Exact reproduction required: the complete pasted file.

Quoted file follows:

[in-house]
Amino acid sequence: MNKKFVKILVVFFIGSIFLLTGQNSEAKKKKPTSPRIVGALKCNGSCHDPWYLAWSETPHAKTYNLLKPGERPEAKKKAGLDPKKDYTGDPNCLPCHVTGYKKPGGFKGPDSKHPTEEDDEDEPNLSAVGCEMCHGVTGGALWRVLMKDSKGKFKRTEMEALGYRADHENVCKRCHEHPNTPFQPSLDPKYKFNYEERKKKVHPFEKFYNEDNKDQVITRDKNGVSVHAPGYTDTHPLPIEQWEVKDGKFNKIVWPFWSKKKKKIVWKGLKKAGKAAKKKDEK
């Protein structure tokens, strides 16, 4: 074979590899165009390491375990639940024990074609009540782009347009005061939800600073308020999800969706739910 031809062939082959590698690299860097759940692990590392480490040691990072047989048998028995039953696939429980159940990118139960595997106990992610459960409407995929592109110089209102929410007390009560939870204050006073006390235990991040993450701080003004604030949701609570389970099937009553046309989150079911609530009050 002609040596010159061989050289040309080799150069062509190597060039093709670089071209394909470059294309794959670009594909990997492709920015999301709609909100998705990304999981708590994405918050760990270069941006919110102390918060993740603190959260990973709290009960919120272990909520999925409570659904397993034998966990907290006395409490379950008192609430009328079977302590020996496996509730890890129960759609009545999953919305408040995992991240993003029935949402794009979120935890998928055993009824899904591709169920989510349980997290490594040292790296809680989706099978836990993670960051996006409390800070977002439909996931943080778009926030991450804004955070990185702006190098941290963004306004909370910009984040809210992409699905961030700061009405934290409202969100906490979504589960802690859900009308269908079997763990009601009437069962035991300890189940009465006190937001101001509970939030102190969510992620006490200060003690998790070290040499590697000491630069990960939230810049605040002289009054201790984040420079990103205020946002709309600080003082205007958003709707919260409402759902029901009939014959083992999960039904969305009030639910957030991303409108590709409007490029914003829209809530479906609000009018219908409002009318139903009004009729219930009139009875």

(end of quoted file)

[in-house]
Amino acid sequence: MNKKFVKILVVFFIGSIFLLTGQNSEAKKKKPTSPRIVGALKCNGSCHDPWYLAWSETPHAKTYNLLKPGERPEAKKKAGLDPKKDYTGDPNCLPCHVTGYKKPGGFKGPDSKHPTEEDDEDEPNLSAVGCEMCHGVTGGALWRVLMKDSKGKFKRTEMEALGYRADHENVCKRCHEHPNTPFQPSLDPKYKFNYEERKKKVHPFEKFYNEDNKDQVITRDKNGVSVHAPGYTDTHPLPIEQWEVKDGKFNKIVWPFWSKKKKKIVWKGLKKAGKAAKKKDEK
């Protein structure tokens, strides 16, 4: 074979590899165009390491375990639940024990074609009540782009347009005061939800600073308020999800969706739910 031809062939082959590698690299860097759940692990590392480490040691990072047989048998028995039953696939429980159940990118139960595997106990992610459960409407995929592109110089209102929410007390009560939870204050006073006390235990991040993450701080003004604030949701609570389970099937009553046309989150079911609530009050 002609040596010159061989050289040309080799150069062509190597060039093709670089071209394909470059294309794959670009594909990997492709920015999301709609909100998705990304999981708590994405918050760990270069941006919110102390918060993740603190959260990973709290009960919120272990909520999925409570659904397993034998966990907290006395409490379950008192609430009328079977302590020996496996509730890890129960759609009545999953919305408040995992991240993003029935949402794009979120935890998928055993009824899904591709169920989510349980997290490594040292790296809680989706099978836990993670960051996006409390800070977002439909996931943080778009926030991450804004955070990185702006190098941290963004306004909370910009984040809210992409699905961030700061009405934290409202969100906490979504589960802690859900009308269908079997763990009601009437069962035991300890189940009465006190937001101001509970939030102190969510992620006490200060003690998790070290040499590697000491630069990960939230810049605040002289009054201790984040420079990103205020946002709309600080003082205007958003709707919260409402759902029901009939014959083992999960039904969305009030639910957030991303409108590709409007490029914003829209809530479906609000009018219908409002009318139903009004009729219930009139009875």